Monday, July 16, 2012

Angel Groups Panning for Gold

ProfessorVC just returned from an Alaskan vacation and was mortified to realize it was almost six months since the last blog post. One of our stops was in Skagway, which became the biggest city in Alaska during the Klondike Gold Rush.  Most of the prospectors came up empty and of those who did strike gold, most lost their new found wealth through bad investments or dealings with swindlers. This got me thinking about the "suckers bet" of angel investing and how most don't strike gold for a variety of reasons.  Interesting enough, it was an entrepreneur (John Nordstrom) who was able to get out of town with his gold and opened a little shoe store in Seattle.
Earlier this year, I left Sand Hill Angels, the angel group I was actively involved with since 2005.  I've been meaning to share my thoughts about angel groups and will do so in an upcoming post.  In the meantime, I ran across the recent Halo Report on angel group investing prepared by Silicon Valley Bank.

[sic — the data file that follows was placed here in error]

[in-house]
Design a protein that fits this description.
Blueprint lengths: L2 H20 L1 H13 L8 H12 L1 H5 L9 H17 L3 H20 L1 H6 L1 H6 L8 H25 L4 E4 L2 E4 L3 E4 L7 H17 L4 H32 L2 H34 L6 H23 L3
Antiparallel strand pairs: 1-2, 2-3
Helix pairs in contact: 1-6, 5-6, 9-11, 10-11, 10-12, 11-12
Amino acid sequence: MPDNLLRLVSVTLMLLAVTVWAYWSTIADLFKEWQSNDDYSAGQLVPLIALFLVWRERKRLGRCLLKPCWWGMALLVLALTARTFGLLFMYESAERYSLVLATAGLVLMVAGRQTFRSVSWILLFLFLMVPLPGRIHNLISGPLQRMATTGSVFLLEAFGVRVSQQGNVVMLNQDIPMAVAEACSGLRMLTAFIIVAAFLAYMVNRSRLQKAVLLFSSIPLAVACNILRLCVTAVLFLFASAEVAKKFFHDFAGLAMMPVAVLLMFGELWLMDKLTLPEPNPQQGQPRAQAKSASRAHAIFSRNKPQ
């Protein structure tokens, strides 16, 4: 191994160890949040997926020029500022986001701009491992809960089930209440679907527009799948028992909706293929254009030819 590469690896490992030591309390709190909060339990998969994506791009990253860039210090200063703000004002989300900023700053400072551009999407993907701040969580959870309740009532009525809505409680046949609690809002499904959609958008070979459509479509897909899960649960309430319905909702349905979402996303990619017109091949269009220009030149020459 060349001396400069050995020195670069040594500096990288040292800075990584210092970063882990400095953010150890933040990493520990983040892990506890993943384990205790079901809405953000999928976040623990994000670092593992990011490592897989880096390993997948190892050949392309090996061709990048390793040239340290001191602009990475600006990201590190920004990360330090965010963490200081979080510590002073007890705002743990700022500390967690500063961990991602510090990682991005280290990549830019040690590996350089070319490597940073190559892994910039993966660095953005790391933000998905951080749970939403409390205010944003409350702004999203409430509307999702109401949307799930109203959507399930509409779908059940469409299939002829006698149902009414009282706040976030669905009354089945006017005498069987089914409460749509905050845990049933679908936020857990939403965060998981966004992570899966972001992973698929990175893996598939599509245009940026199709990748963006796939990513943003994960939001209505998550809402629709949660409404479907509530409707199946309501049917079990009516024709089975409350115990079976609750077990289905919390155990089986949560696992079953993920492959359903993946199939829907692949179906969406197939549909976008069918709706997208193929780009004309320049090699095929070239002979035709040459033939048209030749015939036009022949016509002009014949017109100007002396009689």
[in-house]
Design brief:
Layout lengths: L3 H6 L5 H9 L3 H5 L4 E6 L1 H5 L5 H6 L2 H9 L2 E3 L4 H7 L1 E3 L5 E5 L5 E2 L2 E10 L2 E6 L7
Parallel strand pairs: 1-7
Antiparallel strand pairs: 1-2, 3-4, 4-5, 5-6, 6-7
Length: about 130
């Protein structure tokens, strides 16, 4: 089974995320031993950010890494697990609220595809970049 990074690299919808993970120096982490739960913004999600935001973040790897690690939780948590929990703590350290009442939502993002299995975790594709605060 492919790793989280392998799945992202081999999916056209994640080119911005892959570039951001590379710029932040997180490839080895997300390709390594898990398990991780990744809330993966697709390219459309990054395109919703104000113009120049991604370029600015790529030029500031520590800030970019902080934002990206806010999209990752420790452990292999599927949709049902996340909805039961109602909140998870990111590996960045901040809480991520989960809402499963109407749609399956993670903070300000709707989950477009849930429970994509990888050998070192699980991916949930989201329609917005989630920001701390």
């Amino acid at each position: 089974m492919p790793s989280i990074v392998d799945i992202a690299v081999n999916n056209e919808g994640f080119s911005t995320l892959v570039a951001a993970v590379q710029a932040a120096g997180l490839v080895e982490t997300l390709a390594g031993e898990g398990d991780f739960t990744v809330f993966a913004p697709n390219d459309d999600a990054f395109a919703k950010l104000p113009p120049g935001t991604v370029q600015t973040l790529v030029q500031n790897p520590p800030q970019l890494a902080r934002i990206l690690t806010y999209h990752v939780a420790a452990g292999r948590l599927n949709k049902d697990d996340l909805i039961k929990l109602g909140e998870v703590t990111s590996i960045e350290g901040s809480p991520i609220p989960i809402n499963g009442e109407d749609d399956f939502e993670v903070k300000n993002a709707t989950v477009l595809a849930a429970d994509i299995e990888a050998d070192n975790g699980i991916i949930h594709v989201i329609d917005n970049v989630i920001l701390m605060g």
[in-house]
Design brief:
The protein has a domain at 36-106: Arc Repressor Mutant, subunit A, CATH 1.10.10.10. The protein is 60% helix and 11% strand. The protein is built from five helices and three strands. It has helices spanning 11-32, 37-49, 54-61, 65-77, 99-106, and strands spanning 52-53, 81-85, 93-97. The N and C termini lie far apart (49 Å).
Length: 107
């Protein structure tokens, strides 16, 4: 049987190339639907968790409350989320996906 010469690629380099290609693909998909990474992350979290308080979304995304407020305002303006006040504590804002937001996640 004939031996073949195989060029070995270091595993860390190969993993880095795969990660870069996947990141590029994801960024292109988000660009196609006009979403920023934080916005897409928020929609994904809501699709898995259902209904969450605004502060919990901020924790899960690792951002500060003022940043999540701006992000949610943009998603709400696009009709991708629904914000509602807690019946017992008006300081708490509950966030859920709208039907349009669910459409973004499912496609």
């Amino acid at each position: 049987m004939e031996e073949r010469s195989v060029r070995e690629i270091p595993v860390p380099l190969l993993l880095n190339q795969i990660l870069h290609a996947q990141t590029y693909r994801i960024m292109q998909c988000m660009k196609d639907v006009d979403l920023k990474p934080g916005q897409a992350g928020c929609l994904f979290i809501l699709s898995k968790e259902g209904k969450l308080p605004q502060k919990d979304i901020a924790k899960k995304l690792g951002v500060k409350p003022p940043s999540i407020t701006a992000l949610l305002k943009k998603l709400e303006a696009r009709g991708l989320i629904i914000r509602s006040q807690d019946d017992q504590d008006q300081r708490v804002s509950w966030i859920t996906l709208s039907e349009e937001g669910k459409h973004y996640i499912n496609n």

Some of the nuggets from the report are summarized in the infographic below.

A few of my takeaways:

  • Interesting that 81% of deals completed outside of California.  This compares with less than 50% of venture deals being outside of California.  I would guess that overall angel investments are greater than 50% in California, which means that angel groups are active in areas where VCs and individual angels are not.  With deal velocity so great in Silicon Valley along with the large numbers of experienced entrepreneurs and investors, there is little need to associate with an angel group.
  • Median pre-money valuation of $2.5 million also indicates a majority of deals being done outside of California, where I would guess the median is closer to $3.5M.  There are a number of reasons for the premium, not the least is the cost of engineering talent.
  • Internet dominates total deals while Healthcare received the largest share of funding.  If you add mobile, ratio is greater than 2:1 on deal basis and a little higher on funding.  With the low cost of creating these companies, they are a good fit for angel groups that can move quickly, make a number of bets and have the ability to follow-on.  Healthcare (primarily medical device companies) are very well suited for angel investments.  At Sand Hill Angels, we invested in a number of these medical device companies that had serial entrepreneurs, patents filed, low valuations, and clear paths to exit.  The investment thesis made sense from both sides as funding could get to (or though FDA) and requirement for further funding was low.